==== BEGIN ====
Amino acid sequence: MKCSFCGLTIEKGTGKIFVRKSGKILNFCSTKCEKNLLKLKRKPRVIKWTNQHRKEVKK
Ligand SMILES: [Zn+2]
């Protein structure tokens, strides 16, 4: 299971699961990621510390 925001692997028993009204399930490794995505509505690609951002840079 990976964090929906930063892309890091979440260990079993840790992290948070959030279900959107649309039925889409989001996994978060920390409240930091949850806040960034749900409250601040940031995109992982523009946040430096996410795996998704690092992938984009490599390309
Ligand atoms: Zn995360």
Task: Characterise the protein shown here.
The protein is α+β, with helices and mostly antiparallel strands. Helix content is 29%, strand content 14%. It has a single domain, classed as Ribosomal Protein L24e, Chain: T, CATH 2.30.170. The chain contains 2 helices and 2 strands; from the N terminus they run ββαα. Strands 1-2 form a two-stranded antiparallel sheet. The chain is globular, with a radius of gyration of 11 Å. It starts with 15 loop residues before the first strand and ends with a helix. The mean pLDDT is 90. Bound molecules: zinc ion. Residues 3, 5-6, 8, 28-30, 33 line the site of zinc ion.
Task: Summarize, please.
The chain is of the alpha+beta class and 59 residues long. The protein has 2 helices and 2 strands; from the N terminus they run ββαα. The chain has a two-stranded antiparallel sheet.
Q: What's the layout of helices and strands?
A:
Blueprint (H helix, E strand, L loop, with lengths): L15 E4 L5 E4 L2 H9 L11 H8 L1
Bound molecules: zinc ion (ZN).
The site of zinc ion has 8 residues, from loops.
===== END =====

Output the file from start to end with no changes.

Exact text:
Amino acid sequence: MKCSFCGLTIEKGTGKIFVRKSGKILNFCSTKCEKNLLKLKRKPRVIKWTNQHRKEVKK
Ligand SMILES: [Zn+2]
């Protein structure tokens, strides 16, 4: 299971699961990621510390 925001692997028993009204399930490794995505509505690609951002840079 990976964090929906930063892309890091979440260990079993840790992290948070959030279900959107649309039925889409989001996994978060920390409240930091949850806040960034749900409250601040940031995109992982523009946040430096996410795996998704690092992938984009490599390309
Ligand atoms: Zn995360």
Task: Characterise the protein shown here.
The protein is α+β, with helices and mostly antiparallel strands. Helix content is 29%, strand content 14%. It has a single domain, classed as Ribosomal Protein L24e, Chain: T, CATH 2.30.170. The chain contains 2 helices and 2 strands; from the N terminus they run ββαα. Strands 1-2 form a two-stranded antiparallel sheet. The chain is globular, with a radius of gyration of 11 Å. It starts with 15 loop residues before the first strand and ends with a helix. The mean pLDDT is 90. Bound molecules: zinc ion. Residues 3, 5-6, 8, 28-30, 33 line the site of zinc ion.
Task: Summarize, please.
The chain is of the alpha+beta class and 59 residues long. The protein has 2 helices and 2 strands; from the N terminus they run ββαα. The chain has a two-stranded antiparallel sheet.
Q: What's the layout of helices and strands?
A:
Blueprint (H helix, E strand, L loop, with lengths): L15 E4 L5 E4 L2 H9 L11 H8 L1
Bound molecules: zinc ion (ZN).
The site of zinc ion has 8 residues, from loops.